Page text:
Orangutan culture develops like human culture

Wired UK: Olivia Solon: 24 October 2011

A team of anthropologists have shown that orangutans may have the ability to learn socially and pass these lessons down through generations — evidence that culture in humans and great apes has the same evolutionary roots.

In humans, certain behavioral innovations tend to be passed down from generation to generation through social learning. Many consider the existence of culture in humans to be one of the key factors that differentiates us from other animals.

Around a decade ago, biologists observing great apes noticed geographical variations in behavior that suggested that they were passing certain innovations down through generations, just as humans do. To this day, there is much debate about whether geographical variations in behavior is driven culturally or through genetic and environmental factors.

Researchers from the University of Zurich have now studied whether the geographic variation of behavioral patterns in nine orangutan populations in Sumatra and Borneo can be explained by cultural transmission. They have concluded that it can.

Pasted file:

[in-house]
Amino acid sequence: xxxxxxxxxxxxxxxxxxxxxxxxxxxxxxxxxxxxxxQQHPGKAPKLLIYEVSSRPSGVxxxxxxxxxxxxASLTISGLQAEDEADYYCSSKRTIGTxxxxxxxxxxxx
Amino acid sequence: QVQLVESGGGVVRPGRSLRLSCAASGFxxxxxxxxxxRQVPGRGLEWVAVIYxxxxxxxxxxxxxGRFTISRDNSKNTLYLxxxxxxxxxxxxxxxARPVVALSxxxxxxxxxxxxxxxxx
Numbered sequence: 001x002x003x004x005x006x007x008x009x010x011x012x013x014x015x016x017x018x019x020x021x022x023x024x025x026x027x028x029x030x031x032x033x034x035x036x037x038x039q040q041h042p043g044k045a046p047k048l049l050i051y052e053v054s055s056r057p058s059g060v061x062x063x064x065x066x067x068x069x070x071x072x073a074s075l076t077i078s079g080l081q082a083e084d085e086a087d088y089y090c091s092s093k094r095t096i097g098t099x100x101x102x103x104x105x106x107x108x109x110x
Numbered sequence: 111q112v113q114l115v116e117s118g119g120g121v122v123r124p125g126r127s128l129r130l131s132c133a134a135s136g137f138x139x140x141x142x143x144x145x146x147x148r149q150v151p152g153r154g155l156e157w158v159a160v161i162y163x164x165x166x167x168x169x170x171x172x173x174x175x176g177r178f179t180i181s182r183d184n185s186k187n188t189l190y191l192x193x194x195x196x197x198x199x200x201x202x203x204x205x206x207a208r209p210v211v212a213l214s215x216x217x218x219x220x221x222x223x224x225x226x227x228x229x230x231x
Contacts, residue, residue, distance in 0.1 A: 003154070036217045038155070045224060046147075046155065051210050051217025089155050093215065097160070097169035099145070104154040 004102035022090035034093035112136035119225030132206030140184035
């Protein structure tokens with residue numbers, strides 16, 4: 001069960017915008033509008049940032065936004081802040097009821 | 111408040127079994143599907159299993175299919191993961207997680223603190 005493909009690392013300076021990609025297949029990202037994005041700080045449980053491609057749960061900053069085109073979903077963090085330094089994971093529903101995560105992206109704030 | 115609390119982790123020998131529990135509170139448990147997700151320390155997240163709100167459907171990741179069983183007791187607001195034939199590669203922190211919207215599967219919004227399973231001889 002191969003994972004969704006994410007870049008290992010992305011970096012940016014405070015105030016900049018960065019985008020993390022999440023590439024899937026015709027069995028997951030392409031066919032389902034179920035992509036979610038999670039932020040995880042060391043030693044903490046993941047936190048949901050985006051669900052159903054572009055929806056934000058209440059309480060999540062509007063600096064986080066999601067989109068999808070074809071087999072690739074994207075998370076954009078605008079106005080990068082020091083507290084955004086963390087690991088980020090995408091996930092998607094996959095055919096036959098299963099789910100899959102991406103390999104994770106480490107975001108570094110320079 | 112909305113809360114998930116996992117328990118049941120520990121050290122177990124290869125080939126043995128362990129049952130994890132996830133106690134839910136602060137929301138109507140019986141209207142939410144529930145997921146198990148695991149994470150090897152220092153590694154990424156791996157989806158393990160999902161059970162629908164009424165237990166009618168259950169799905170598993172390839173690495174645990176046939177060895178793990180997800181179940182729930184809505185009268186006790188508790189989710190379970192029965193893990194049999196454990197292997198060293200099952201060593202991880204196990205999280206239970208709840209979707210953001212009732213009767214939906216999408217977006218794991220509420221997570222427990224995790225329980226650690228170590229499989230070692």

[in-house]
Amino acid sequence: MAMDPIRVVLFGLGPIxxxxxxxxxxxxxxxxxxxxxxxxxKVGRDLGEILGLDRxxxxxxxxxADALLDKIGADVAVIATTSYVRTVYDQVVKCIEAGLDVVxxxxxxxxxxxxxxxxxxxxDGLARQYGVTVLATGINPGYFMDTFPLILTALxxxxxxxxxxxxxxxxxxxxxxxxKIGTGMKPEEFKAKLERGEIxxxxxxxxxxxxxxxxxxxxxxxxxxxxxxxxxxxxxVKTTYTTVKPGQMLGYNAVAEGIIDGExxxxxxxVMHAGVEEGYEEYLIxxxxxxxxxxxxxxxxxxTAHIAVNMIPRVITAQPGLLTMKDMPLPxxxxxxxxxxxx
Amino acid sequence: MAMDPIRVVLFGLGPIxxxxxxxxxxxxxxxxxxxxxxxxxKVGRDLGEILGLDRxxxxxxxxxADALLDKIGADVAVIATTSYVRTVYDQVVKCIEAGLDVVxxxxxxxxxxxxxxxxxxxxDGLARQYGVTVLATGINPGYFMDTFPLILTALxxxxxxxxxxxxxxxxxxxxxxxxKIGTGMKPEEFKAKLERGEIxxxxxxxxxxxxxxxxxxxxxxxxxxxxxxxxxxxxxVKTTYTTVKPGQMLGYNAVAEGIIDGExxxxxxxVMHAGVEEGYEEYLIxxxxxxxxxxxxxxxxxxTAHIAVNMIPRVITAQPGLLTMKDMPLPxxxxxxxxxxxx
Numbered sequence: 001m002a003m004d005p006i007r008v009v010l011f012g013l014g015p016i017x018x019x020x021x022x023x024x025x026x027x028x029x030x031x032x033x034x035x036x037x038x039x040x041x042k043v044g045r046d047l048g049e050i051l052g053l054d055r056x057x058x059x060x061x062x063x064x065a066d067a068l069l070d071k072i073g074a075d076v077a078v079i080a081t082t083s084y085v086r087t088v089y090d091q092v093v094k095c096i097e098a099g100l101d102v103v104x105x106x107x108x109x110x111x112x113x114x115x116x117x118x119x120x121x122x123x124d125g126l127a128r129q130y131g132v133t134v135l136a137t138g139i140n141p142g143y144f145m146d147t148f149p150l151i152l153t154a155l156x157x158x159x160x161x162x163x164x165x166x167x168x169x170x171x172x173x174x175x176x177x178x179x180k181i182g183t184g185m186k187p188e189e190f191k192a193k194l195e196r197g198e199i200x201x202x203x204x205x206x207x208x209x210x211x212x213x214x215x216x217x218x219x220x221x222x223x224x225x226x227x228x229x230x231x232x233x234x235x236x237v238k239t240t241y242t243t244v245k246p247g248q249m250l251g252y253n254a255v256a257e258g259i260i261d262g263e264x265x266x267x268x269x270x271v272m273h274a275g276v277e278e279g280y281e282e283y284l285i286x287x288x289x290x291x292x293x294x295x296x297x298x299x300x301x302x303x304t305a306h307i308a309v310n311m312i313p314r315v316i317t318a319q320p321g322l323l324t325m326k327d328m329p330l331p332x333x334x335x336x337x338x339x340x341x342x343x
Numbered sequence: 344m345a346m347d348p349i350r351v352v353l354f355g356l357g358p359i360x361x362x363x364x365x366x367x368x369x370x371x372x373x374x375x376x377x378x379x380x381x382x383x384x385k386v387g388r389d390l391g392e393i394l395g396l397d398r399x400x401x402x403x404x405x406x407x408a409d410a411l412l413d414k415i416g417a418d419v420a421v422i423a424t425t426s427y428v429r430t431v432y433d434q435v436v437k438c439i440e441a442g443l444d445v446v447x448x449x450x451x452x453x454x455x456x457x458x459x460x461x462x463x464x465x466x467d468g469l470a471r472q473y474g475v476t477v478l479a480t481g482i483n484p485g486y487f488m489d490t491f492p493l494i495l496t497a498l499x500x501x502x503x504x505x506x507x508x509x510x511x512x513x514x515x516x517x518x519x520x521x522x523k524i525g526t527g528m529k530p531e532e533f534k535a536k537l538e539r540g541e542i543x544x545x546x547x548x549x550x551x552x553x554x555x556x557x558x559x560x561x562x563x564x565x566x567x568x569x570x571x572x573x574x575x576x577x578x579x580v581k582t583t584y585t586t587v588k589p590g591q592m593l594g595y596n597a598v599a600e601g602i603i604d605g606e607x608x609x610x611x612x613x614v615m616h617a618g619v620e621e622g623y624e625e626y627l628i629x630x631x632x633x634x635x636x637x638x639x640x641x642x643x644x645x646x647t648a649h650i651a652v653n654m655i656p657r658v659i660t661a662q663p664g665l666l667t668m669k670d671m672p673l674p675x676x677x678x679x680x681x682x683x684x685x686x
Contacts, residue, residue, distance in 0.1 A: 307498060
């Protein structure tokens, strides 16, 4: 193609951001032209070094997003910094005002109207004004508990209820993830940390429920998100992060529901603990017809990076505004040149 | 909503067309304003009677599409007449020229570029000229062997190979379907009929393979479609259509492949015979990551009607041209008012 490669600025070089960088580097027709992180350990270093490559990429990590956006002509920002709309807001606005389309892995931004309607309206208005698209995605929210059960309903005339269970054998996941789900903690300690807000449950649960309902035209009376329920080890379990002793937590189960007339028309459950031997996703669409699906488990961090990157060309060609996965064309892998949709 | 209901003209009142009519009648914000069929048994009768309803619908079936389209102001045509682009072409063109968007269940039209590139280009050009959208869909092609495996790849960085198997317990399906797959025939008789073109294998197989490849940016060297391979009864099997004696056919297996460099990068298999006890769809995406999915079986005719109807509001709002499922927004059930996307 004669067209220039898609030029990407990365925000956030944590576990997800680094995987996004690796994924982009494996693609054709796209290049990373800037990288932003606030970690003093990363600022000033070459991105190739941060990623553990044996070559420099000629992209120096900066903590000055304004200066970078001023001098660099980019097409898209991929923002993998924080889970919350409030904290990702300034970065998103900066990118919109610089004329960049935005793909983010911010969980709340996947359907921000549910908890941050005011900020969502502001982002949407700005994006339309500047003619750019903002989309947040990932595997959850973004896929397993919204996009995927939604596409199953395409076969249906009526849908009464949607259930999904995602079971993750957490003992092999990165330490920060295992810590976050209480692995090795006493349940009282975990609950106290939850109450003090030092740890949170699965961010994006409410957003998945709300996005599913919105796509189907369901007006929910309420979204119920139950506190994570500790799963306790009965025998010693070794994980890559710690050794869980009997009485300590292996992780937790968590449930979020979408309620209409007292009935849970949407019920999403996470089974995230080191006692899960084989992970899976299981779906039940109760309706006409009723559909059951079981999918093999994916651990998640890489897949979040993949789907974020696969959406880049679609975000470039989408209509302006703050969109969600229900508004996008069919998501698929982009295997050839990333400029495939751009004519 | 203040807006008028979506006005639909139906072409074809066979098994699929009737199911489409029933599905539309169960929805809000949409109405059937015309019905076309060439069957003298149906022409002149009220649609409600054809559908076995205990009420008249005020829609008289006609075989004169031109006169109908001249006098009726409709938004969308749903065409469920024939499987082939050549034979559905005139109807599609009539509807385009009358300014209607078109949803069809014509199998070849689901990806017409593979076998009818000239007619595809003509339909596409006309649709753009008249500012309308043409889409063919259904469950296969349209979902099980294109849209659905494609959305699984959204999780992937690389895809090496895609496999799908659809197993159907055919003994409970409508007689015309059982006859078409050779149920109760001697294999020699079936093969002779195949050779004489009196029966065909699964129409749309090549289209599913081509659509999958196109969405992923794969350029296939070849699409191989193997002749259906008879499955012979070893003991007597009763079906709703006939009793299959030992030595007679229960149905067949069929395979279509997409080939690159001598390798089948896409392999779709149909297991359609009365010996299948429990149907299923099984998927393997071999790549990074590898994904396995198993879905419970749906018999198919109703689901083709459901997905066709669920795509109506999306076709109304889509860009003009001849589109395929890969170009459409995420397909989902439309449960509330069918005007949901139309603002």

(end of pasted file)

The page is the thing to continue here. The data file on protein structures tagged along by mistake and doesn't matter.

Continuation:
The team analyzed more than 100,000 hours of behavioral data and created genetic profiles of more than 150 wild orangutans. They measured the ecological differences between the habitats of the different populations using satellite imagery and remote sensing techniques.

Co-author of the study, published in Current Biology, Carel van Schaik said: “The novelty of our study is that, thanks to the unprecedented size of our dataset, we were the first to gauge the influence genetics and environmental factors have on the different behavioral patterns among the orangutan populations.”

Environmental influences and, to a lesser degree, genetic factors did play an important role in defining differences in social structure and behavioral ecology between the populations. However, these factors did not explain the behavioral patterns.

Michael Krützen, the first author of the study, said: “The cultural interpretation of the behavioral diversity also holds for orangutans — and in exactly the same way as we would expect for human culture. It looks as if the ability to act culturally is dictated by the long life expectancy of apes and the necessity to be able to adapt to changing environmental conditions.”

 

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